by Ellen Bryant Voigt

Ellen Bryant Voigt

Down on the porch, the blacksnake
sits like a thick fist.
His back is flexed and slick.
The wedge of his forehead turns
to the sun. He does not remember
the skin shucked in the attic,
the high branches of our family tree.

The moth will not recall the flannel
cocoon. The snail empties the endless
convolutions of its shell. Think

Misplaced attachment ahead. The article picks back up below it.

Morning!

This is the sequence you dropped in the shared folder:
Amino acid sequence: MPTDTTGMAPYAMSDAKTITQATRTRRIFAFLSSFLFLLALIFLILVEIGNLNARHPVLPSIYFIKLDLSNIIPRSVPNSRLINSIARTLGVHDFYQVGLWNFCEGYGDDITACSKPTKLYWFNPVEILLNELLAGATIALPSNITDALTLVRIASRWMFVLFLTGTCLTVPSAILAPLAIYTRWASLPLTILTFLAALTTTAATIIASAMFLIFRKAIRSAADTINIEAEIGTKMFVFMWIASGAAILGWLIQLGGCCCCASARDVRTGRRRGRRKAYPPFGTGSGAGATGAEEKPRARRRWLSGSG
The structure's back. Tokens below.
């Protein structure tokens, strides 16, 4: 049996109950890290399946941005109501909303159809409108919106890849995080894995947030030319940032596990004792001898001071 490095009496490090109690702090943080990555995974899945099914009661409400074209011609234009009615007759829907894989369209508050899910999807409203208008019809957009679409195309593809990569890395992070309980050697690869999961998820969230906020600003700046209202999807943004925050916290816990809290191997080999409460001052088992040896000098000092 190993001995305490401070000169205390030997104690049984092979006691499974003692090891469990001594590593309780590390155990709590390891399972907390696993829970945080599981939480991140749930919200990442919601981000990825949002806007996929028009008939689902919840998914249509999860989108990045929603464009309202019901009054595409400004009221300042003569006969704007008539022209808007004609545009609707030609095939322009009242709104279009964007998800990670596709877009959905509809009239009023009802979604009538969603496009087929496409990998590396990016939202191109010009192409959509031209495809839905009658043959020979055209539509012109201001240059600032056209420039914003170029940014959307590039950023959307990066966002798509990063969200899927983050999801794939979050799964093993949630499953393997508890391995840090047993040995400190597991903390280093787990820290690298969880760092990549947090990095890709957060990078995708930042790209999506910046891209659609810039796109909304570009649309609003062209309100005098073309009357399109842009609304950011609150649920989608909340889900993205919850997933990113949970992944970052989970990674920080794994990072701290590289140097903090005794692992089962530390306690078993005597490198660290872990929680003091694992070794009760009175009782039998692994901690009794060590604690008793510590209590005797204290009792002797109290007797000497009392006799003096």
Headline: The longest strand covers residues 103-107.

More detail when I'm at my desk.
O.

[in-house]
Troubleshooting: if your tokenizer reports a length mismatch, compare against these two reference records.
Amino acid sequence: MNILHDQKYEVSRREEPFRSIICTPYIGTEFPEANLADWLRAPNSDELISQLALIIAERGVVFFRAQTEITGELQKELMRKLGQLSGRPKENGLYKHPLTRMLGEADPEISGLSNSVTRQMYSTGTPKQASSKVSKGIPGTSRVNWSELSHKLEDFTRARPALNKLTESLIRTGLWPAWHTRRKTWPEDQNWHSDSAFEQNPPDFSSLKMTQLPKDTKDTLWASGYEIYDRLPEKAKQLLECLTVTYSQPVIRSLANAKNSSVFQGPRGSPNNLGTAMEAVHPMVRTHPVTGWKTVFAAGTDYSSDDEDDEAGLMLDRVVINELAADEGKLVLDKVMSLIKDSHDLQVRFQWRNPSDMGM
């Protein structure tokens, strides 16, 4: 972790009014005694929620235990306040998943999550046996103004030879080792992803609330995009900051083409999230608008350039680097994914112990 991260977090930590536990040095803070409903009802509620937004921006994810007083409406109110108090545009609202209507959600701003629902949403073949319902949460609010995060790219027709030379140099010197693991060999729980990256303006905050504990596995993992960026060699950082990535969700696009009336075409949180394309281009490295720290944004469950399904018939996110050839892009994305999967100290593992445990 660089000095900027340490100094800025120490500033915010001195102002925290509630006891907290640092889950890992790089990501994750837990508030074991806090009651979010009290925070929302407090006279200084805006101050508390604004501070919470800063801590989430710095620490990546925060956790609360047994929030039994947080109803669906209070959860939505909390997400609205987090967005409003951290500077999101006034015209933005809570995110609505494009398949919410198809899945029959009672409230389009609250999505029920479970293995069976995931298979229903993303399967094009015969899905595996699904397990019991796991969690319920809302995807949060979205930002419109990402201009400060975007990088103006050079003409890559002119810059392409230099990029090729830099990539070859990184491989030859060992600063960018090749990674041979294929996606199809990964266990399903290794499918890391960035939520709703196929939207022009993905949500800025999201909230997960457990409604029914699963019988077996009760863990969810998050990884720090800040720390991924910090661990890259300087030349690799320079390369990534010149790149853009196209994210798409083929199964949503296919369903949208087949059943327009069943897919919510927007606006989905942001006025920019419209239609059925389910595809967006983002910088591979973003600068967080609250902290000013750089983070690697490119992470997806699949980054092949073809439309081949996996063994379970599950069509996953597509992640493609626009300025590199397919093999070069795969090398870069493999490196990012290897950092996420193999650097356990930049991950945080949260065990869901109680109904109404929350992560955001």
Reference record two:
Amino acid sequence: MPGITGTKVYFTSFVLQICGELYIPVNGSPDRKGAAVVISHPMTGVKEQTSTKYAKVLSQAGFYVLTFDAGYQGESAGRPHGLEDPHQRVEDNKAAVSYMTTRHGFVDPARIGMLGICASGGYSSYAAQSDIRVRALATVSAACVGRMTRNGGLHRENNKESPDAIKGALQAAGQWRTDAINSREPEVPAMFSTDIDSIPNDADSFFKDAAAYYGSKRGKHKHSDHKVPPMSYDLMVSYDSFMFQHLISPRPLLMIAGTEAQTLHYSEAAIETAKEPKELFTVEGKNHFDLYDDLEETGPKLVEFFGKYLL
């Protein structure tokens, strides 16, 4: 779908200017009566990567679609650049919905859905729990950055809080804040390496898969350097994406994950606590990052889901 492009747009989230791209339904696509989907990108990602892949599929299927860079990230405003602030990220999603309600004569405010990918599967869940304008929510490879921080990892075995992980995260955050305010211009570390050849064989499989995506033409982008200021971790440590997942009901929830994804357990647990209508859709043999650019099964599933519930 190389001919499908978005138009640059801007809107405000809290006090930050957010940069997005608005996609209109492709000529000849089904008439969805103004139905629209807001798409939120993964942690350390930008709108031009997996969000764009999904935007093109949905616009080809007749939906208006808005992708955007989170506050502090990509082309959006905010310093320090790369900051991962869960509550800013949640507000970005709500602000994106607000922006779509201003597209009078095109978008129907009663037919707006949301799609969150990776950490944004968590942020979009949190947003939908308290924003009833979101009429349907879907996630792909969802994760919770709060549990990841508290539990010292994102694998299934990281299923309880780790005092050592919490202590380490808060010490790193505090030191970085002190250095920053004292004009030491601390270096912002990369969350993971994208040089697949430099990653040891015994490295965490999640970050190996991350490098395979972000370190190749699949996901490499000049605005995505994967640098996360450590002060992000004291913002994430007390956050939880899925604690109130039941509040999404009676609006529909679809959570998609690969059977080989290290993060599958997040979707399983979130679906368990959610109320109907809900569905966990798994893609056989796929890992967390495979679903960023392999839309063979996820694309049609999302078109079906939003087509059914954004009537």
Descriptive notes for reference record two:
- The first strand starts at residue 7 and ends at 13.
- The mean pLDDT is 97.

of the husk of the locust,
sewn like an ear to the elm.
How easily they leave old lives,
as an eager lover steps from the skirts
at her ankles.
Sleep corrects memory:
the long sleep of bear and woodchuck,
the sleep of the sea,
the sleep of the wooden spool unwinding,
the sleep of snow, when houses lose
their angles and edges, the slow
sleep of no dreaming;
and we could rise up in new skins
to a full confusion of green,
to the slick stalks of grasses,
and the catalpa, that beany tree, offering
its great, white, aromatic promise.

Collected Poems

Last updated March 12, 2023